Air defence parts can be returned to Saudi Arabia, says Swiss ministry

Saudi warplanes fly over the capital Riyadh during a graduation ceremony in 2009 Keystone / Hassan Ammar

Parts for Saudi Arabia’s air defence systems, which have been maintained and repaired in Switzerland, can be re-exported back to the Gulf state, the Swiss economics ministry says. 

This content was published on July 4, 2019 - 16:47

In October 2018, the economics ministry temporarily blocked the re-exportation of spare parts and assembly pieces for Saudi Arabia’s air defence systems which had been repaired in Switzerland, together with new parts. 

The ban was introduced by the Federal Council (executive body) following the murder of Saudi journalist Jamal Khashoggi at the Saudi embassy in Istanbul, Turkey, last October. 

The preventive step was taken by Switzerland while awaiting decisions by the United Nations and the European Union towards Saudi Arabia regarding the Khashoggi controversy, the ministry said.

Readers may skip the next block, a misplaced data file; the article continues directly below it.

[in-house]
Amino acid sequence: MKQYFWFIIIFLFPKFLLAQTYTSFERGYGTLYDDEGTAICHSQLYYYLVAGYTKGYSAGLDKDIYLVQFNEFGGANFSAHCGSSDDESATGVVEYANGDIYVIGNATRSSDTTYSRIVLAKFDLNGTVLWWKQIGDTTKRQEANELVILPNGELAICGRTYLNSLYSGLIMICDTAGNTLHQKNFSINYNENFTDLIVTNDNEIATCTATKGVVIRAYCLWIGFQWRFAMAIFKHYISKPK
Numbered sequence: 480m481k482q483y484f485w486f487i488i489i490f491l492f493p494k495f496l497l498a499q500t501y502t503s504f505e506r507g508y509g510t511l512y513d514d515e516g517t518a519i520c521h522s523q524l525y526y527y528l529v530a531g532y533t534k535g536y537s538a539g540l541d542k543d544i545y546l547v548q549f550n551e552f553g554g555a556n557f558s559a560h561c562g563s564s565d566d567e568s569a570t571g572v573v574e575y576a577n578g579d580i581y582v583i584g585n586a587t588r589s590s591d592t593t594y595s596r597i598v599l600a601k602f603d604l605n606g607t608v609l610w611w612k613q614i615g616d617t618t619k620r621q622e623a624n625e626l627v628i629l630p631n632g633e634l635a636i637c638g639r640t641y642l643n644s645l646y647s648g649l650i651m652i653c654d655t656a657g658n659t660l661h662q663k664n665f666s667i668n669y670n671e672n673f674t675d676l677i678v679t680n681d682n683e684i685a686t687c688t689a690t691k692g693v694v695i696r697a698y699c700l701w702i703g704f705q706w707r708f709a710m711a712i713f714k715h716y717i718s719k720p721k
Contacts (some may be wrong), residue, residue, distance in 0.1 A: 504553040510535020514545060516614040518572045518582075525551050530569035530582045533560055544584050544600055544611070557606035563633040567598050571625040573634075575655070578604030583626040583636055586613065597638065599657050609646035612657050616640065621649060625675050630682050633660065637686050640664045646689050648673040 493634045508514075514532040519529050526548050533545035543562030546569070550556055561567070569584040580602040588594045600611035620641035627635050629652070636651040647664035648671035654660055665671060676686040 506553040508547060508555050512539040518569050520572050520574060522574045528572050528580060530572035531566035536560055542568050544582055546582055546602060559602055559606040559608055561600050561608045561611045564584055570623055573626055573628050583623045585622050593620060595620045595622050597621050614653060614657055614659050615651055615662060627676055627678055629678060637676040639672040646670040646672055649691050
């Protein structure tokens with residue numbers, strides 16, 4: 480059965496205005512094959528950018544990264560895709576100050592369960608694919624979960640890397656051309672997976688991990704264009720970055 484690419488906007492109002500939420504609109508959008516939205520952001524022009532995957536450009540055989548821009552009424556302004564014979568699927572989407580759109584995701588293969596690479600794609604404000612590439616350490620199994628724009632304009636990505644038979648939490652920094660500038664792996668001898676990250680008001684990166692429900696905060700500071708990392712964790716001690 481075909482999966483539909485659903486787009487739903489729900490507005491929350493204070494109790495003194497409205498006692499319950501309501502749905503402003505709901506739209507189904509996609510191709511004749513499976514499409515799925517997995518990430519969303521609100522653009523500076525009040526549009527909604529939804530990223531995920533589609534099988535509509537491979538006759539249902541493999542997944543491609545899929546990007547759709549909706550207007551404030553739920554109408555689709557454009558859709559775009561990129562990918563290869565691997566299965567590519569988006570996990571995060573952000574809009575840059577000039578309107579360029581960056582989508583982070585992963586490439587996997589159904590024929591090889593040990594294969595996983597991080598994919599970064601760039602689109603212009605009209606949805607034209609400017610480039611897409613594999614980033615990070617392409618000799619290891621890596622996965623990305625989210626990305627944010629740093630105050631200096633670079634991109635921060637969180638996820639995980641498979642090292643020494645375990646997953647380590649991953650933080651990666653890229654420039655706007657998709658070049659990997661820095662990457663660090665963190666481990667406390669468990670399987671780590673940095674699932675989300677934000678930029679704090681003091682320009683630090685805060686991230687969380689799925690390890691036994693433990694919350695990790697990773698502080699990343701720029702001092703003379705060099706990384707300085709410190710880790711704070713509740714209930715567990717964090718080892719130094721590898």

On Wednesday, the head of the economics ministry informed the government that there was no legal basis to support the Swiss decision and that it planned to lift the export ban. 

“The lack of a legal basis for the decision not to re-export made it de facto a measure confiscating property owned by Saudi Arabia,” the ministry said in a statementExternal link

All requests for the export of war materials are checked by the State Secretariat for Economic Affairs (SECO) on a case by case basis, together with the foreign ministry. 

In accordance with a government decision from April 2016, export requests where there is a high risk the items may be used to violate human rights or in the ongoing Yemen conflict are systematically refused, the economics ministry said. 

Controversial issue 

The issue of exporting war materials is sensitive in Switzerland. In October 2018, the government abandoned newly-hatched plans to ease Swiss weapons exports following public outcry. Parliament has also been debating the issue of stricter controls for arms exports, while a people’s initiative to prevent the Swiss government from relaxing rules for exports to conflict-ridden states is pending.  

Thursday’s development comes just a week after the Swiss foreign ministry banned the aircraft manufacturer Pilatus from operating in Saudi Arabia and the United Arab Emirates (UAE). Pilatus has previous helped Saudi Arabia with the maintenance of military training aircraft. 

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